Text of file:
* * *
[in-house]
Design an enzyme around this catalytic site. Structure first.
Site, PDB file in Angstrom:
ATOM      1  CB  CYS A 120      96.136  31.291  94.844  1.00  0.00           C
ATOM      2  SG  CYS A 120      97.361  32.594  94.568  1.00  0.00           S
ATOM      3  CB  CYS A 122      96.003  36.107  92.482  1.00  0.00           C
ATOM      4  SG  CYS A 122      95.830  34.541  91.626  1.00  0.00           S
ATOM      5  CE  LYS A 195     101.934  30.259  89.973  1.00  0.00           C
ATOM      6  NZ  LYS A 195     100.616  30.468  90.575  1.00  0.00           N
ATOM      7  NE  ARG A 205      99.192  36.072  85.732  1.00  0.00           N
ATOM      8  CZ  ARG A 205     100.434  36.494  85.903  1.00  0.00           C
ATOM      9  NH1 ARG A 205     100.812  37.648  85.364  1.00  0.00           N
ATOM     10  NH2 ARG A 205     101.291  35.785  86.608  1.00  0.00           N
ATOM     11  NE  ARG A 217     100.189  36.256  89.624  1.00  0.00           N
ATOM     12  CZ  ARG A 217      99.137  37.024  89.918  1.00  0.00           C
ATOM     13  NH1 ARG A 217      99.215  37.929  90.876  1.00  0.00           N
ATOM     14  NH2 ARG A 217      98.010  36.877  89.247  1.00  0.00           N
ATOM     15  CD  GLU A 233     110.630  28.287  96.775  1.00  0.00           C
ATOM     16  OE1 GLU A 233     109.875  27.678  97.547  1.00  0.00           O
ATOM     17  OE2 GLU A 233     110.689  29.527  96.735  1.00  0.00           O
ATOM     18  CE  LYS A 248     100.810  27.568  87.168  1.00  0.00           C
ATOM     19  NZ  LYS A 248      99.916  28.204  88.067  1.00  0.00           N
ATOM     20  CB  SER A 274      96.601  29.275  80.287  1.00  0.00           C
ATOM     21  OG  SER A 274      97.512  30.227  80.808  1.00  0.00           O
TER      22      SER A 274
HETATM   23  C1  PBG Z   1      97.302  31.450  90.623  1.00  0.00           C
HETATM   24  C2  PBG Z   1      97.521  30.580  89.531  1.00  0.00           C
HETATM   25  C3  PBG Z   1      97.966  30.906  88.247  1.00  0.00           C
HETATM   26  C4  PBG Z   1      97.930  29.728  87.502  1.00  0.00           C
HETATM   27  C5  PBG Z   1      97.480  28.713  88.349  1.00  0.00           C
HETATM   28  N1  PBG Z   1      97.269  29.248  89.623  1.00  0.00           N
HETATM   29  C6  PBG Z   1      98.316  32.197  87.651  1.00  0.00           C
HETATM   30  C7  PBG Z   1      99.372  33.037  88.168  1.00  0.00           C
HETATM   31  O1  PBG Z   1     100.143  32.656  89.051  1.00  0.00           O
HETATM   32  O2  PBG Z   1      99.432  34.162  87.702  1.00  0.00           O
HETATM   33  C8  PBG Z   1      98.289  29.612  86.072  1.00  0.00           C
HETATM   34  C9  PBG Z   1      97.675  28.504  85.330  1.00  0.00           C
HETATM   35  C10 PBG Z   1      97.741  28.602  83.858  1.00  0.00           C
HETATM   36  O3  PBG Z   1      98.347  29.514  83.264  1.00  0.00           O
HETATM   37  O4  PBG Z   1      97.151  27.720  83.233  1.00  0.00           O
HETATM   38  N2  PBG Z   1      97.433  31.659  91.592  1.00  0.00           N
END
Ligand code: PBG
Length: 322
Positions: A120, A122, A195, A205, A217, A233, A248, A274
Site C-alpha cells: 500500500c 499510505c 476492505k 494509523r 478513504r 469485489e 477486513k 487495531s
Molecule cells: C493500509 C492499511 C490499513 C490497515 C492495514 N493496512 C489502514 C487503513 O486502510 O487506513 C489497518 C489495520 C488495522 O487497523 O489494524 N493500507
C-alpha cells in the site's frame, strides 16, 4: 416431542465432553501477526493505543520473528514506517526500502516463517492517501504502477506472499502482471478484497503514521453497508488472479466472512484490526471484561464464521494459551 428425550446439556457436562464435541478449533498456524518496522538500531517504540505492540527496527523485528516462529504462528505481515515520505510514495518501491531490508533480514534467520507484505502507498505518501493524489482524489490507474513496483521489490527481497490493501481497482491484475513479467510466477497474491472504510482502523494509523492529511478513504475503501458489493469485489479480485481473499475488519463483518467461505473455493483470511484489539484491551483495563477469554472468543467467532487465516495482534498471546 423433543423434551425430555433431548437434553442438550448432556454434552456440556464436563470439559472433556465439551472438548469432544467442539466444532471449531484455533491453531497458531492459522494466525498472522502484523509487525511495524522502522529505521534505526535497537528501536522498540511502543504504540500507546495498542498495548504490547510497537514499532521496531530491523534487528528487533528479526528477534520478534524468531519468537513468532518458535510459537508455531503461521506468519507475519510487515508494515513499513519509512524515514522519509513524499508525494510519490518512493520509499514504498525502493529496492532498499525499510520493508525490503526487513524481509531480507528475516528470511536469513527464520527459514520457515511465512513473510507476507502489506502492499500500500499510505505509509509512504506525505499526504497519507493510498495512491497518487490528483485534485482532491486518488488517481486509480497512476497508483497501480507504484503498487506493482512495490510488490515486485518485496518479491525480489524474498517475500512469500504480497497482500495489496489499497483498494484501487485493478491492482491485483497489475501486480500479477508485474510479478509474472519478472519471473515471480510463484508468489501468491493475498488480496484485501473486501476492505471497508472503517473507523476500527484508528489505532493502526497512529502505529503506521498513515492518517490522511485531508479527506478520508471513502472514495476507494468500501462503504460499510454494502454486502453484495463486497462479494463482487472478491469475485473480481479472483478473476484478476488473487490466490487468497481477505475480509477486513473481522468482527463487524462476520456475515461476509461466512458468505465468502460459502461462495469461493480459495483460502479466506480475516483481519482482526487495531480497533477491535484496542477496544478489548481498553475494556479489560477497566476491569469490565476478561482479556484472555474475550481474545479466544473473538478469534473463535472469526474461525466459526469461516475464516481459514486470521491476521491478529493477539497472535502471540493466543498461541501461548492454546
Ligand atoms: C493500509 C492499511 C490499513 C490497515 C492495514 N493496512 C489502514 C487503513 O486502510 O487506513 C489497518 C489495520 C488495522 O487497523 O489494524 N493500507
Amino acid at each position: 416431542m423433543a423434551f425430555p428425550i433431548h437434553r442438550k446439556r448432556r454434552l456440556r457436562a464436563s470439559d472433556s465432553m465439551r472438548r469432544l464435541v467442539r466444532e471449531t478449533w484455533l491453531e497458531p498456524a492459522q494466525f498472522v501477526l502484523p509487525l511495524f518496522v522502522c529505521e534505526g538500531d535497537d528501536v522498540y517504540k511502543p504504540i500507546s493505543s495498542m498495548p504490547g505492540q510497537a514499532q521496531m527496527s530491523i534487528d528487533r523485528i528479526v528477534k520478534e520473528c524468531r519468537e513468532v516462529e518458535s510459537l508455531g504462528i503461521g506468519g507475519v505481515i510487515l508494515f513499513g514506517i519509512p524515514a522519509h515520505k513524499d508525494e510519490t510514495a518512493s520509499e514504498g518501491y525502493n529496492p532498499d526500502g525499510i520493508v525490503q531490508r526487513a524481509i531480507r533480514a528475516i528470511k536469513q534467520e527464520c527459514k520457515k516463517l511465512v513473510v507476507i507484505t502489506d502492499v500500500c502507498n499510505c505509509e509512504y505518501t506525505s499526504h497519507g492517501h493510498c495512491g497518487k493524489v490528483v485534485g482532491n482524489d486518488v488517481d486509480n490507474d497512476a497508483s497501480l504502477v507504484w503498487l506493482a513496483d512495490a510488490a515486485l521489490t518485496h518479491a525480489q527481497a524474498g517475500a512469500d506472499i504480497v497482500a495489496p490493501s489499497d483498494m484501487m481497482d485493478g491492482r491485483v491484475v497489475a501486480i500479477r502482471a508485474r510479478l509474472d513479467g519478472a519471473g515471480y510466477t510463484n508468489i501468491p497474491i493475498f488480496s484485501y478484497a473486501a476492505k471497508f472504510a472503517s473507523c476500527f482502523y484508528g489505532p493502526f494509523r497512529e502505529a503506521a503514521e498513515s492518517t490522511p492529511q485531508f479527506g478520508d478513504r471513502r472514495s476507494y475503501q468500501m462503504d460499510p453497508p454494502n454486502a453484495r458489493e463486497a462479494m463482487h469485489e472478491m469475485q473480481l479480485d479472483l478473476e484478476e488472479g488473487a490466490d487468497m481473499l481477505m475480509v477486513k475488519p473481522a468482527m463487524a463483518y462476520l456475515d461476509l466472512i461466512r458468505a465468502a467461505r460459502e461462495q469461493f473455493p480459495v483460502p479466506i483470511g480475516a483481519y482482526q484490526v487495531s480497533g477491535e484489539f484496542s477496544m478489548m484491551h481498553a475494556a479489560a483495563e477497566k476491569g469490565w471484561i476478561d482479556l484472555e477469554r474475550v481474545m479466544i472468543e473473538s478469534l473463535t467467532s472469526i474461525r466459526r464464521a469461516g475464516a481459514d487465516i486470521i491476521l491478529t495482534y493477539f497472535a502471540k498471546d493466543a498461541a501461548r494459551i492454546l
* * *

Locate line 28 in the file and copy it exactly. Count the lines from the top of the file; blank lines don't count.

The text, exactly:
HETATM   25  C3  PBG Z   1      97.966  30.906  88.247  1.00  0.00           C